I never had a home, and this fight may be beyond me too. Sylvia is slower than Agafya, swaying her arms in a whole body dance as she runs. The curling fog of the temple’s anima moves at her gesture, thickening in flows around her and her allies, protecting them from the diamond’s light even as they run.

I see none of the white power of the Kalagni in her or the other warriors, only the temple’s rainbow power, vibrant and potent. Agafya, on the other hand, is a pillar of intertwined white and anima, a whirling storm of life and death. It is a wonder, this dance, pushing and pulling like yin and yang. They read each-others movements ten steps in advance, guided by foreknowledge of aggression. They almost seem evenly matched, but Sylvia’s body strains against the slow build of fatigue, of struggling breath and burning muscle, and more and more bodies litter the lotus room floor.

In the war of light and color in the air, the diamond’s power burns ever brighter so as each second passes we move further from victory.

Then, I have an idea.

I pat my pockets. Empty. I wiggle my toes. Bare. I crack my neck. It pops.

A pillow lays next to my foot, half torn and bleeding fuzz. I pick it up.

The deadly flirtation continues. They circle and Agafya sprints past the pit’s edge. For a moment, his hairy back is to me. I toss the pillow.

No aggression signals the pillow’s flight; it’s a pillow. He doesn’t see it coming. It sails the dozen yards between us and bounces off his shoulder, doing no damage at all.

Surprise at the unexpected contact explodes in his aura like a hand-grenade.

He spins midstride, looking for the source of the touch. Wild eyes fall on me. Even as he turns the light of the gem sweeps my way, searing through the mist.

I have enough time to smile and wave before Drydus hits him like a train.

The German’s sprinting slam carries him right through Agafya, pin-wheeling the Russian’s legs into the air. Agafya’s head whips toward the ground like a bearded comet and strikes with a resounding crack. His broken arm flops sideways.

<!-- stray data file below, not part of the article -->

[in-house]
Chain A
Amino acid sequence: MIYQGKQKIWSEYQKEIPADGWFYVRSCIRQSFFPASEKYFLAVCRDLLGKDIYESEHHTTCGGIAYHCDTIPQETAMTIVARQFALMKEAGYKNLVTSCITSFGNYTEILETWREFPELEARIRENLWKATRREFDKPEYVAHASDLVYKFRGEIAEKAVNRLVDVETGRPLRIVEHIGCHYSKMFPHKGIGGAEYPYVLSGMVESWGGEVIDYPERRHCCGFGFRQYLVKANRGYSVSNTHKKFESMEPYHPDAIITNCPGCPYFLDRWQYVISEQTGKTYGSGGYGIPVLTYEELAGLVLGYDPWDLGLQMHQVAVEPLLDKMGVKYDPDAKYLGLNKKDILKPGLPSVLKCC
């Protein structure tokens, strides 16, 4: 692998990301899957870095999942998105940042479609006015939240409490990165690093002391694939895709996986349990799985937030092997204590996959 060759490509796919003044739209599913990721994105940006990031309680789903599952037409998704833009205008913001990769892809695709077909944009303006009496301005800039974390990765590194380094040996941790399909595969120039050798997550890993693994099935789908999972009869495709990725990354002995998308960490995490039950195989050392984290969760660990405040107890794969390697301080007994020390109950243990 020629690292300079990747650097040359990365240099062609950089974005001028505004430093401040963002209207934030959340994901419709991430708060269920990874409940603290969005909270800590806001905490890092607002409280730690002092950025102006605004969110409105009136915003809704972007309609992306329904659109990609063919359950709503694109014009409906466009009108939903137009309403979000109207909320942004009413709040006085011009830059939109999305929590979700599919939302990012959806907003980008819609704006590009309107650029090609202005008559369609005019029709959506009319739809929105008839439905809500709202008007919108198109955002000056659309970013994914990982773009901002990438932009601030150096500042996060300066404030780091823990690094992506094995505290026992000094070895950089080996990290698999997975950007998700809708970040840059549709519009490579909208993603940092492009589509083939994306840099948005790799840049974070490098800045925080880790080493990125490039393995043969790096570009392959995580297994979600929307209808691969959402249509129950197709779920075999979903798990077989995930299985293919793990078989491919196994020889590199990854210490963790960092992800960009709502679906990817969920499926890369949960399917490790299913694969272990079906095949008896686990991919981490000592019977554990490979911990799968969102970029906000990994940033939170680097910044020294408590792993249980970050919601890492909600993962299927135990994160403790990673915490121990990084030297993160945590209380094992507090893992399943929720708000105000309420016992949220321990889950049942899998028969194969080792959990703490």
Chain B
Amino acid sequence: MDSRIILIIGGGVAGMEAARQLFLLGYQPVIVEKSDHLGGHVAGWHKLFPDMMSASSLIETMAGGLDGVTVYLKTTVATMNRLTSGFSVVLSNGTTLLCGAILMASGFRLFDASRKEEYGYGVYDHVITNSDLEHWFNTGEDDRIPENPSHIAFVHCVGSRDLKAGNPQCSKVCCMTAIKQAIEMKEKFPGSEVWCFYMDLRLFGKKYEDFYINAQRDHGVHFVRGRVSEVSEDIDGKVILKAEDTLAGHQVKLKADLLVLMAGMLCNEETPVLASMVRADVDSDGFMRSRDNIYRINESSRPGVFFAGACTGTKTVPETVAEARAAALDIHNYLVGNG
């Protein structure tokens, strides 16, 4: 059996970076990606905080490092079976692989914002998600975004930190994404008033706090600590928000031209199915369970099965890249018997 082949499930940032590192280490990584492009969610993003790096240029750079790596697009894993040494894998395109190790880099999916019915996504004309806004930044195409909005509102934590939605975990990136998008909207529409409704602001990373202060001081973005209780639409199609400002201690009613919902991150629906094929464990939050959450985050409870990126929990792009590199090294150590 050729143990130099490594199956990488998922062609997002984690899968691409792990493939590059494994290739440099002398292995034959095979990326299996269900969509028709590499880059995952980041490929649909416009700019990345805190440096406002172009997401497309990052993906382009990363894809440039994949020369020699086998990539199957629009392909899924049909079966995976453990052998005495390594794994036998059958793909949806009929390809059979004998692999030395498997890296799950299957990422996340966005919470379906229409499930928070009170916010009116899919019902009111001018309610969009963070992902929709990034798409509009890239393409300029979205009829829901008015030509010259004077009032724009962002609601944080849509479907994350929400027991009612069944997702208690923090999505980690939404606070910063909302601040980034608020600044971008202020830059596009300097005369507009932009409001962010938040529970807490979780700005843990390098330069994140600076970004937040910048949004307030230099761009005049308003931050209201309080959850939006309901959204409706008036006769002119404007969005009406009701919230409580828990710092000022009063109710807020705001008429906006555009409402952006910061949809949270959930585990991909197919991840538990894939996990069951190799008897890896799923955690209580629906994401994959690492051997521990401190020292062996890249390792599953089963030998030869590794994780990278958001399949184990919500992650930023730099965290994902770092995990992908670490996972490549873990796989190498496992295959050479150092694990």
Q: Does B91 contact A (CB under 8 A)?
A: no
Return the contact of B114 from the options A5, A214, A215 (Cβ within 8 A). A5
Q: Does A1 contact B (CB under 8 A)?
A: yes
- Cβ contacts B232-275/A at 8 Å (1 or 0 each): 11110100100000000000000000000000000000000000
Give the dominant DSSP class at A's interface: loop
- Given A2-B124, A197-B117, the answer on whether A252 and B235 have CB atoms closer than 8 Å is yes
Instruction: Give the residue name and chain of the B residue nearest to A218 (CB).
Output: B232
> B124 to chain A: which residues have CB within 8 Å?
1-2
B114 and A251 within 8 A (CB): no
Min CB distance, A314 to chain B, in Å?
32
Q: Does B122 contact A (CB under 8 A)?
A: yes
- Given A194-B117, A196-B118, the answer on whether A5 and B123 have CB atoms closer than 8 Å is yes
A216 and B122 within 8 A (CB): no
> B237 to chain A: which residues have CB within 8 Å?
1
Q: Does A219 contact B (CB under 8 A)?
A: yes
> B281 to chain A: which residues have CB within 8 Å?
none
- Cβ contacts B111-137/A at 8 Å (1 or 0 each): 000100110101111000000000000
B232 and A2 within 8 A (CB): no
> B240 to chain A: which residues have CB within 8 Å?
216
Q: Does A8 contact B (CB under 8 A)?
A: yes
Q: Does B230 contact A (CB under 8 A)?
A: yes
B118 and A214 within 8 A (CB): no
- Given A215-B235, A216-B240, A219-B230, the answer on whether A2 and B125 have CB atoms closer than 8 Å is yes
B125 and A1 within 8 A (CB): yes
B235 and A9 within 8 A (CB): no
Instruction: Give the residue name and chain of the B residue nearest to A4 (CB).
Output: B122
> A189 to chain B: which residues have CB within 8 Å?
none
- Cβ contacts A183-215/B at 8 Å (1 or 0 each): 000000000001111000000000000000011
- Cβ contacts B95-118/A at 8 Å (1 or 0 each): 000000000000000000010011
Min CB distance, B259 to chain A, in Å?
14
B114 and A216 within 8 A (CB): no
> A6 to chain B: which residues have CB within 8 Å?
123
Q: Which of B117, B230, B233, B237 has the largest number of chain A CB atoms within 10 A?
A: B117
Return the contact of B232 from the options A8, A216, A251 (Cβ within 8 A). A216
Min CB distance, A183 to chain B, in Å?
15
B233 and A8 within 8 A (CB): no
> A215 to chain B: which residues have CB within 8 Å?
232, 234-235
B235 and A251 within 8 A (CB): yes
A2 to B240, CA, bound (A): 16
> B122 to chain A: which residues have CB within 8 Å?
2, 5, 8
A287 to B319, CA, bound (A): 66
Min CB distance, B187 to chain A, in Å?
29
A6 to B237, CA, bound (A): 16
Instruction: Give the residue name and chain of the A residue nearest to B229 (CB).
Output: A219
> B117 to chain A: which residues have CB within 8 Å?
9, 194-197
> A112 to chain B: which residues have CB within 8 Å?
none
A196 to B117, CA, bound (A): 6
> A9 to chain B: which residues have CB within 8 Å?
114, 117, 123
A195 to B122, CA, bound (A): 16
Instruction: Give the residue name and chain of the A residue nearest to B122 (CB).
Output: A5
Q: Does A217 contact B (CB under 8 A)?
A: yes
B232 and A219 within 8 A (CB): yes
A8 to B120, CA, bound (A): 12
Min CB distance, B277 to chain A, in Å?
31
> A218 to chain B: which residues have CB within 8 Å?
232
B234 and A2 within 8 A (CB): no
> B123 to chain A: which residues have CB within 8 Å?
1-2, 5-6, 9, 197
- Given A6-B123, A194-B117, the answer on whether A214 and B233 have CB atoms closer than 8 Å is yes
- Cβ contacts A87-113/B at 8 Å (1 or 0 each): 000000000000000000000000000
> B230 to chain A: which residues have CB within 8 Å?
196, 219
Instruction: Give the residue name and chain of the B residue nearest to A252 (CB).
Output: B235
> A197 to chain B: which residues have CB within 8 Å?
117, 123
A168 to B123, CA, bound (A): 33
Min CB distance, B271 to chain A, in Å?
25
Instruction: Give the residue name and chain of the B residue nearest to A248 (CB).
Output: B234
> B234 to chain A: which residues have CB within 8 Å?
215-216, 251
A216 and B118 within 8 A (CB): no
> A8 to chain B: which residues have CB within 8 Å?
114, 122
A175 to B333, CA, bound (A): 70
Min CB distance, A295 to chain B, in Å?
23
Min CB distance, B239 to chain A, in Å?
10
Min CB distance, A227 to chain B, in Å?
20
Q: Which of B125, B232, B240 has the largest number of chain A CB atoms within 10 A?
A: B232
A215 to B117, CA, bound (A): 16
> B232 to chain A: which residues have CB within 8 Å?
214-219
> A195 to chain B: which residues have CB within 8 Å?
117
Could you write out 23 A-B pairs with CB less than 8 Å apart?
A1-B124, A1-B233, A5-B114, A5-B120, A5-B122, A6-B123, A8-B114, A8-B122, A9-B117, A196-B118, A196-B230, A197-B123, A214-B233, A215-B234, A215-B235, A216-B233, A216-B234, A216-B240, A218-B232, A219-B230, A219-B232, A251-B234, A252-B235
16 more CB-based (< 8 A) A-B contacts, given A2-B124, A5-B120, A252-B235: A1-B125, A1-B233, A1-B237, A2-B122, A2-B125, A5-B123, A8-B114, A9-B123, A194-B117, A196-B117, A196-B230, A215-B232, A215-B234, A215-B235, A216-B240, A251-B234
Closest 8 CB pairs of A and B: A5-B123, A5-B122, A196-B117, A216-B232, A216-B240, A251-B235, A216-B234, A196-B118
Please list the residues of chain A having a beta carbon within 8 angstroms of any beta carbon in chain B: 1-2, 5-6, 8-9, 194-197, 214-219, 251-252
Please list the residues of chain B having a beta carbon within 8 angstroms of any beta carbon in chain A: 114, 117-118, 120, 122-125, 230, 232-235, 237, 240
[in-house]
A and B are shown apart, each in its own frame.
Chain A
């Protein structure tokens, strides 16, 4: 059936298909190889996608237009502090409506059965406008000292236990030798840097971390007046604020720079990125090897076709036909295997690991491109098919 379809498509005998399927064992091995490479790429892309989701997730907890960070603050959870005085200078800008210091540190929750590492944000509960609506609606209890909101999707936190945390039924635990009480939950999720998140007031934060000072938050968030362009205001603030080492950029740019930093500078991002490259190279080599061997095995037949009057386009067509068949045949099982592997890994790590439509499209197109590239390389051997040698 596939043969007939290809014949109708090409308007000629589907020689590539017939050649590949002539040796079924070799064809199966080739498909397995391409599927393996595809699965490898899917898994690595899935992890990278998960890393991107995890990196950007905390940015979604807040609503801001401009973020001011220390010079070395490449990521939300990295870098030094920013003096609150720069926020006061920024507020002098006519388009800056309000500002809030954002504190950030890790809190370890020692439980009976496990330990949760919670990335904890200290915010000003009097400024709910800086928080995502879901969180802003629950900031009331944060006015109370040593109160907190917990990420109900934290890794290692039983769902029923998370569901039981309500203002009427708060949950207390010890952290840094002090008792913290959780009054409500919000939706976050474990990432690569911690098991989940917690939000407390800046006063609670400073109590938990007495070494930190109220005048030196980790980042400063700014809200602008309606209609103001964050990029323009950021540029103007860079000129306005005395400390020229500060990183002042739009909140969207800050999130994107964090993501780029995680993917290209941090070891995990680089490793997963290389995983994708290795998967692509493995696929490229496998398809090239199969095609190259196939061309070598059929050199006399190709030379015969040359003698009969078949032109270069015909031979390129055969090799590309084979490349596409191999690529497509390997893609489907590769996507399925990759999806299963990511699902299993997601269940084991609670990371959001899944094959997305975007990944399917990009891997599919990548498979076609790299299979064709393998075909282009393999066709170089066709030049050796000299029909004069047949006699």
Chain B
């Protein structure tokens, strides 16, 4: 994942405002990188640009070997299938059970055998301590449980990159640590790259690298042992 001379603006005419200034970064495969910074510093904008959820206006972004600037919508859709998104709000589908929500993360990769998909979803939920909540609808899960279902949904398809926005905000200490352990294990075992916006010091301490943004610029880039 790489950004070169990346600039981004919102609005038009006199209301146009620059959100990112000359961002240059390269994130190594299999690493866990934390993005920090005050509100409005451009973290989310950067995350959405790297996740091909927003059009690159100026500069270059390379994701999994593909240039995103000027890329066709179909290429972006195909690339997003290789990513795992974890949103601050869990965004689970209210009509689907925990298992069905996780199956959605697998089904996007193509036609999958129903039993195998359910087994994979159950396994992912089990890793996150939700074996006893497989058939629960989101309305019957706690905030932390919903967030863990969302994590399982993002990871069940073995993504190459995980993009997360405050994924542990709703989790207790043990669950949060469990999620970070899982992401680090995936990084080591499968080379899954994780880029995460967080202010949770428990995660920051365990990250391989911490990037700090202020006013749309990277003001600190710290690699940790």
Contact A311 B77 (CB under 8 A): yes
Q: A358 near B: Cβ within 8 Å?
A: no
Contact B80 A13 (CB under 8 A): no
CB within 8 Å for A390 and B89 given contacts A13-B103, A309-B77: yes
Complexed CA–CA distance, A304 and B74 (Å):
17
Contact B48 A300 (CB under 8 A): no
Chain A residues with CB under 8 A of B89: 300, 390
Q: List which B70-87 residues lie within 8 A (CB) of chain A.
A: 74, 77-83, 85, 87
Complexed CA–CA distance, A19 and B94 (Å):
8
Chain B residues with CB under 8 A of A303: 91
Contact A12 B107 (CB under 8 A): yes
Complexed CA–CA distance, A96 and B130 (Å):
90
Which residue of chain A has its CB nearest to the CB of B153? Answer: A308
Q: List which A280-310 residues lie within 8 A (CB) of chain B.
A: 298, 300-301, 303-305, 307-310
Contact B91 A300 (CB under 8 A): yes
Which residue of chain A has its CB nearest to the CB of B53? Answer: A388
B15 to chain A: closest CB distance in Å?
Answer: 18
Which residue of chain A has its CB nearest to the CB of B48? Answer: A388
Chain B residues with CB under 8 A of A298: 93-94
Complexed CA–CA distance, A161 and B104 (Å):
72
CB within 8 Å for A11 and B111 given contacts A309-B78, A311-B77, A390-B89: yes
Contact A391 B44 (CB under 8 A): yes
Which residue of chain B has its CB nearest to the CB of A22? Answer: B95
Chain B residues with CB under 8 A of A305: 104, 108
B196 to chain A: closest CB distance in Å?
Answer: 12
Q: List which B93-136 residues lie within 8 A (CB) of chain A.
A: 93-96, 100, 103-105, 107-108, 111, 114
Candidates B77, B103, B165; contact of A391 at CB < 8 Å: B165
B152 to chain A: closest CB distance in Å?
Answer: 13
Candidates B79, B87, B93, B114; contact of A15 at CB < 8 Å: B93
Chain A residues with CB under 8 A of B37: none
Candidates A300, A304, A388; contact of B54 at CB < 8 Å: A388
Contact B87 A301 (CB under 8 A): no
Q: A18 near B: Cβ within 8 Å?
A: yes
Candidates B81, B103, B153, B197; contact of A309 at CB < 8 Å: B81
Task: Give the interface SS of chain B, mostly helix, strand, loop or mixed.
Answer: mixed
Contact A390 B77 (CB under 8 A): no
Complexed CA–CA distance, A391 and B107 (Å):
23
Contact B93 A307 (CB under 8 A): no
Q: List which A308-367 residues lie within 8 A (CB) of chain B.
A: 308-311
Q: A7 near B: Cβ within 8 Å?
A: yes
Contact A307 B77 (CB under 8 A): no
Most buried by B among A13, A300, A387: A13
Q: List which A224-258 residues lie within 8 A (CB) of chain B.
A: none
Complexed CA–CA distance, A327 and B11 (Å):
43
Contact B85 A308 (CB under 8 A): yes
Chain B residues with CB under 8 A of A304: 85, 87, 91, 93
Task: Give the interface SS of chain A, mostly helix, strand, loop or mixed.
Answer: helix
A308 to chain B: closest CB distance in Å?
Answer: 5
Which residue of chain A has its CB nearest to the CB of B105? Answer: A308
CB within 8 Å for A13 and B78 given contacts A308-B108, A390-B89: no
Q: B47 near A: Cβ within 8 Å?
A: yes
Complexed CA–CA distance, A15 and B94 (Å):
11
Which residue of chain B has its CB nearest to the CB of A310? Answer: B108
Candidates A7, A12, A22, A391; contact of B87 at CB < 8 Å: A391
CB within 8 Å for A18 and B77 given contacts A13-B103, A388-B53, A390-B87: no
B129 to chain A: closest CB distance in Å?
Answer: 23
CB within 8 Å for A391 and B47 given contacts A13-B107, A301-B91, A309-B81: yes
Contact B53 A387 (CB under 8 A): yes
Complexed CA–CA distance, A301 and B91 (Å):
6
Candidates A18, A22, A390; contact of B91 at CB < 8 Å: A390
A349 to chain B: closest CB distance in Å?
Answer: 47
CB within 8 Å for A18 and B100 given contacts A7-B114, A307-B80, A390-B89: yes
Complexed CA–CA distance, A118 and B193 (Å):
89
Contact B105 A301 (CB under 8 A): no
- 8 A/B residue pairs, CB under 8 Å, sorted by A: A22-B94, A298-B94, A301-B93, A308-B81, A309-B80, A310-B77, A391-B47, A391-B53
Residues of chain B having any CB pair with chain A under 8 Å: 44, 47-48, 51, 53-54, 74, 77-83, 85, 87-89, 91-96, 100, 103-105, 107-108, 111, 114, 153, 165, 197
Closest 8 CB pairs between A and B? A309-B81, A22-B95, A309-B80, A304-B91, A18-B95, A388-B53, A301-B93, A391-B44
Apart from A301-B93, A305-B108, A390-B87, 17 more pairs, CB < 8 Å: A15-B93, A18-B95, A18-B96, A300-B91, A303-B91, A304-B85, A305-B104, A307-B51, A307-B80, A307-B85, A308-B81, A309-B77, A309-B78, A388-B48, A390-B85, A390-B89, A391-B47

But he never stops reacting.

Even as the German turns back toward him, Agafya’s rolling over his shoulder and coming to his knees.

Sylvia’s arms lock around the fist holding the diamond, twisting his wrist and fingers. The German, rebounding off his turn, throws his weight into a long right hook which smashes Agafya’s face to the side. Then the champion’s hands blur like engine pistons and Agafya’s head rattles and twists away. His broken arm dangles, jerking from the impacts.

But the diamond shines, clawing at the anima in Sylvia’s body. The light blasts her aura like a strong wind on coals and though rage and anger burn bright in her, they boil swiftly away. She releases her grip and stumbles back, holding up her hands as if to shield her eyes.

The hairy one’s freed fist hooks like a bull with the diamond its horn. Drydus is caught, lifted from his feet and thrown a pace back. He lands nearly doubled over and his hands slap the wood floor. The Russian is on him, the diamond a shining knuckle in his meteor fist.

The blow sounds like a shotgun. Drydus falls. Red fans from his temple.

The bubble of blue which is the diamond’s skin has thinned, and moment by moment the light grows stronger.

The triumphant giant turns toward Sylvia and the diamond’s light falls full upon her.

One Reply to “Violence”

  1. Laura Moos says:

    Oof. Running out of time to keep the prison door shut.

    I wonder what was in the other diamond, that Brass and Tellerhorn boiled away into heros. Was it a prison too? For what, I wonder, that now stalks the earth, freed by their ignorance.

    “Your scientists were so preoccupied with whether or not they could, they didn’t stop to think if they should.”